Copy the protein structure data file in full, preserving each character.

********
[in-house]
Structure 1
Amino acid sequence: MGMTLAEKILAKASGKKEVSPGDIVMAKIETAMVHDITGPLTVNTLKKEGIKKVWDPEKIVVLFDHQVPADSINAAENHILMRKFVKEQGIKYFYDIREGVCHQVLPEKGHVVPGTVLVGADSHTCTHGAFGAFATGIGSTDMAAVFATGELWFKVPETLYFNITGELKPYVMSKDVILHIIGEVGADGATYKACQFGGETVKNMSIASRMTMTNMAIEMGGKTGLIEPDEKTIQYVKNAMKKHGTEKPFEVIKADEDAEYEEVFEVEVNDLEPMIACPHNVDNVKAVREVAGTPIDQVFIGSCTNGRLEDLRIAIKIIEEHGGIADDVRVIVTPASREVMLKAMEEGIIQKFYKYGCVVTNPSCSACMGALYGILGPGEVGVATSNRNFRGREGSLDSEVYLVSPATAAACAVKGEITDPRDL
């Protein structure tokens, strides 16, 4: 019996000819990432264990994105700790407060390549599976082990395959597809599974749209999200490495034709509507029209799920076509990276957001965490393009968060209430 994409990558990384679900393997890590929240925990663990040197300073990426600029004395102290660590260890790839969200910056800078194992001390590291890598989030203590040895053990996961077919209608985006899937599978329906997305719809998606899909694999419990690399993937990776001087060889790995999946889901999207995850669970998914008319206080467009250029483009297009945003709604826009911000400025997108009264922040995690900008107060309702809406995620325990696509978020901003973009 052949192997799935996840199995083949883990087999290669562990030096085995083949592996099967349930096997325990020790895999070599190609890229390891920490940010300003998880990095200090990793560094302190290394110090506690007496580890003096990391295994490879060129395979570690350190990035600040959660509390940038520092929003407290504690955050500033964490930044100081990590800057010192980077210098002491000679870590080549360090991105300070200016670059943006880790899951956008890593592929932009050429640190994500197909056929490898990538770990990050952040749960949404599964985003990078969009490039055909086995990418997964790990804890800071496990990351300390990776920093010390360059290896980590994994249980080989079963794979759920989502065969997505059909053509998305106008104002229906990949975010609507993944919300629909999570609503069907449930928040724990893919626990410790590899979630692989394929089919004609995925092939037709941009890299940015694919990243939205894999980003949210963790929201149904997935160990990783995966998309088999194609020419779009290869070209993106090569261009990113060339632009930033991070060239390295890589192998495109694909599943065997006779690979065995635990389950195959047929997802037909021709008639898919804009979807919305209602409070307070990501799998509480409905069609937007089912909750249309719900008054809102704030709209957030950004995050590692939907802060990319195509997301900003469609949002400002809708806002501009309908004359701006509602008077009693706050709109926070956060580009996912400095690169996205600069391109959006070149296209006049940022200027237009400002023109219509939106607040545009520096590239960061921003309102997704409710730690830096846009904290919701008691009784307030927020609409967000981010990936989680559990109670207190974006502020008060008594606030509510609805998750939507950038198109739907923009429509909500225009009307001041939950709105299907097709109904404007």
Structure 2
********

[in-house]
Structure 1
Amino acid sequence: MGMTLAEKILAKASGKKEVSPGDIVMAKIETAMVHDITGPLTVNTLKKEGIKKVWDPEKIVVLFDHQVPADSINAAENHILMRKFVKEQGIKYFYDIREGVCHQVLPEKGHVVPGTVLVGADSHTCTHGAFGAFATGIGSTDMAAVFATGELWFKVPETLYFNITGELKPYVMSKDVILHIIGEVGADGATYKACQFGGETVKNMSIASRMTMTNMAIEMGGKTGLIEPDEKTIQYVKNAMKKHGTEKPFEVIKADEDAEYEEVFEVEVNDLEPMIACPHNVDNVKAVREVAGTPIDQVFIGSCTNGRLEDLRIAIKIIEEHGGIADDVRVIVTPASREVMLKAMEEGIIQKFYKYGCVVTNPSCSACMGALYGILGPGEVGVATSNRNFRGREGSLDSEVYLVSPATAAACAVKGEITDPRDL
């Protein structure tokens, strides 16, 4: 019996000819990432264990994105700790407060390549599976082990395959597809599974749209999200490495034709509507029209799920076509990276957001965490393009968060209430 994409990558990384679900393997890590929240925990663990040197300073990426600029004395102290660590260890790839969200910056800078194992001390590291890598989030203590040895053990996961077919209608985006899937599978329906997305719809998606899909694999419990690399993937990776001087060889790995999946889901999207995850669970998914008319206080467009250029483009297009945003709604826009911000400025997108009264922040995690900008107060309702809406995620325990696509978020901003973009 052949192997799935996840199995083949883990087999290669562990030096085995083949592996099967349930096997325990020790895999070599190609890229390891920490940010300003998880990095200090990793560094302190290394110090506690007496580890003096990391295994490879060129395979570690350190990035600040959660509390940038520092929003407290504690955050500033964490930044100081990590800057010192980077210098002491000679870590080549360090991105300070200016670059943006880790899951956008890593592929932009050429640190994500197909056929490898990538770990990050952040749960949404599964985003990078969009490039055909086995990418997964790990804890800071496990990351300390990776920093010390360059290896980590994994249980080989079963794979759920989502065969997505059909053509998305106008104002229906990949975010609507993944919300629909999570609503069907449930928040724990893919626990410790590899979630692989394929089919004609995925092939037709941009890299940015694919990243939205894999980003949210963790929201149904997935160990990783995966998309088999194609020419779009290869070209993106090569261009990113060339632009930033991070060239390295890589192998495109694909599943065997006779690979065995635990389950195959047929997802037909021709008639898919804009979807919305209602409070307070990501799998509480409905069609937007089912909750249309719900008054809102704030709209957030950004995050590692939907802060990319195509997301900003469609949002400002809708806002501009309908004359701006509602008077009693706050709109926070956060580009996912400095690169996205600069391109959006070149296209006049940022200027237009400002023109219509939106607040545009520096590239960061921003309102997704409710730690830096846009904290919701008691009784307030927020609409967000981010990936989680559990109670207190974006502020008060008594606030509510609805998750939507950038198109739907923009429509909500225009009307001041939950709105299907097709109904404007």
Structure 2